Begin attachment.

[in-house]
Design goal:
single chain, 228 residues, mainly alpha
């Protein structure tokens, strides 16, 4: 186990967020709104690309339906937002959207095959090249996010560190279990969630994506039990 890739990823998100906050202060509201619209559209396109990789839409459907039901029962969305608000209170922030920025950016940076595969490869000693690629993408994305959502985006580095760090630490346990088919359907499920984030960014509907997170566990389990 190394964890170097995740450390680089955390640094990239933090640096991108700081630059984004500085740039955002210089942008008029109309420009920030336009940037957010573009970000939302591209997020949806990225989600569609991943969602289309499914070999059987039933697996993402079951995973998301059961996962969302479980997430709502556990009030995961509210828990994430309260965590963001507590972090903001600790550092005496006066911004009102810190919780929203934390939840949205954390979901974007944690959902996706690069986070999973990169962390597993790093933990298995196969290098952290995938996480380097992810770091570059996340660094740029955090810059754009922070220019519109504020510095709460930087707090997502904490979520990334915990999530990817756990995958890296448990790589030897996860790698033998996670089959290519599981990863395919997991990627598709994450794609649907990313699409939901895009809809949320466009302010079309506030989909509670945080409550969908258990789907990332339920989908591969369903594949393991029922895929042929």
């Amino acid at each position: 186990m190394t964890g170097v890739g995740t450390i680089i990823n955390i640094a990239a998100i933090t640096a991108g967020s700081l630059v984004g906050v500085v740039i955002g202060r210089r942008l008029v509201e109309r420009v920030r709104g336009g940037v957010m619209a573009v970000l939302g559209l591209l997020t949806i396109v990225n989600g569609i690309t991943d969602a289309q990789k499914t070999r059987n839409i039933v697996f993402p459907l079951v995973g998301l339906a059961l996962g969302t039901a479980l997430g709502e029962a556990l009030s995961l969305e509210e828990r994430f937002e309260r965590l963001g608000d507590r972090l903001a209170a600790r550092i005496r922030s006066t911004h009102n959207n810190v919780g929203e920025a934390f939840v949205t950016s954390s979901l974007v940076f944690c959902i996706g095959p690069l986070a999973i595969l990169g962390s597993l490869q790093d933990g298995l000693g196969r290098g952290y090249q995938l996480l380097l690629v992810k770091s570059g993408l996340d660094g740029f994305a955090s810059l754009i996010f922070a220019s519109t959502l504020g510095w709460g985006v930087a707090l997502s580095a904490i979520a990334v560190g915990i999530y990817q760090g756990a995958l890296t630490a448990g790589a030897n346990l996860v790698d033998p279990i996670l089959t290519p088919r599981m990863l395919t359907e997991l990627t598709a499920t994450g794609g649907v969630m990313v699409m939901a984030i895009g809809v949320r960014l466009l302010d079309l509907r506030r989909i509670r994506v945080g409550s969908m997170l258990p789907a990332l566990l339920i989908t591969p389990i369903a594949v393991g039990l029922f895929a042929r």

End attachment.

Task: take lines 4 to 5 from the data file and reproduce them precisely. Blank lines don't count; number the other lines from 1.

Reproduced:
């Protein structure tokens, strides 16, 4: 186990967020709104690309339906937002959207095959090249996010560190279990969630994506039990 890739990823998100906050202060509201619209559209396109990789839409459907039901029962969305608000209170922030920025950016940076595969490869000693690629993408994305959502985006580095760090630490346990088919359907499920984030960014509907997170566990389990 190394964890170097995740450390680089955390640094990239933090640096991108700081630059984004500085740039955002210089942008008029109309420009920030336009940037957010573009970000939302591209997020949806990225989600569609991943969602289309499914070999059987039933697996993402079951995973998301059961996962969302479980997430709502556990009030995961509210828990994430309260965590963001507590972090903001600790550092005496006066911004009102810190919780929203934390939840949205954390979901974007944690959902996706690069986070999973990169962390597993790093933990298995196969290098952290995938996480380097992810770091570059996340660094740029955090810059754009922070220019519109504020510095709460930087707090997502904490979520990334915990999530990817756990995958890296448990790589030897996860790698033998996670089959290519599981990863395919997991990627598709994450794609649907990313699409939901895009809809949320466009302010079309506030989909509670945080409550969908258990789907990332339920989908591969369903594949393991029922895929042929």
């Amino acid at each position: 186990m190394t964890g170097v890739g995740t450390i680089i990823n955390i640094a990239a998100i933090t640096a991108g967020s700081l630059v984004g906050v500085v740039i955002g202060r210089r942008l008029v509201e109309r420009v920030r709104g336009g940037v957010m619209a573009v970000l939302g559209l591209l997020t949806i396109v990225n989600g569609i690309t991943d969602a289309q990789k499914t070999r059987n839409i039933v697996f993402p459907l079951v995973g998301l339906a059961l996962g969302t039901a479980l997430g709502e029962a556990l009030s995961l969305e509210e828990r994430f937002e309260r965590l963001g608000d507590r972090l903001a209170a600790r550092i005496r922030s006066t911004h009102n959207n810190v919780g929203e920025a934390f939840v949205t950016s954390s979901l974007v940076f944690c959902i996706g095959p690069l986070a999973i595969l990169g962390s597993l490869q790093d933990g298995l000693g196969r290098g952290y090249q995938l996480l380097l690629v992810k770091s570059g993408l996340d660094g740029f994305a955090s810059l754009i996010f922070a220019s519109t959502l504020g510095w709460g985006v930087a707090l997502s580095a904490i979520a990334v560190g915990i999530y990817q760090g756990a995958l890296t630490a448990g790589a030897n346990l996860v790698d033998p279990i996670l089959t290519p088919r599981m990863l395919t359907e997991l990627t598709a499920t994450g794609g649907v969630m990313v699409m939901a984030i895009g809809v949320r960014l466009l302010d079309l509907r506030r989909i509670r994506v945080g409550s969908m997170l258990p789907a990332l566990l339920i989908t591969p389990i369903a594949v393991g039990l029922f895929a042929r």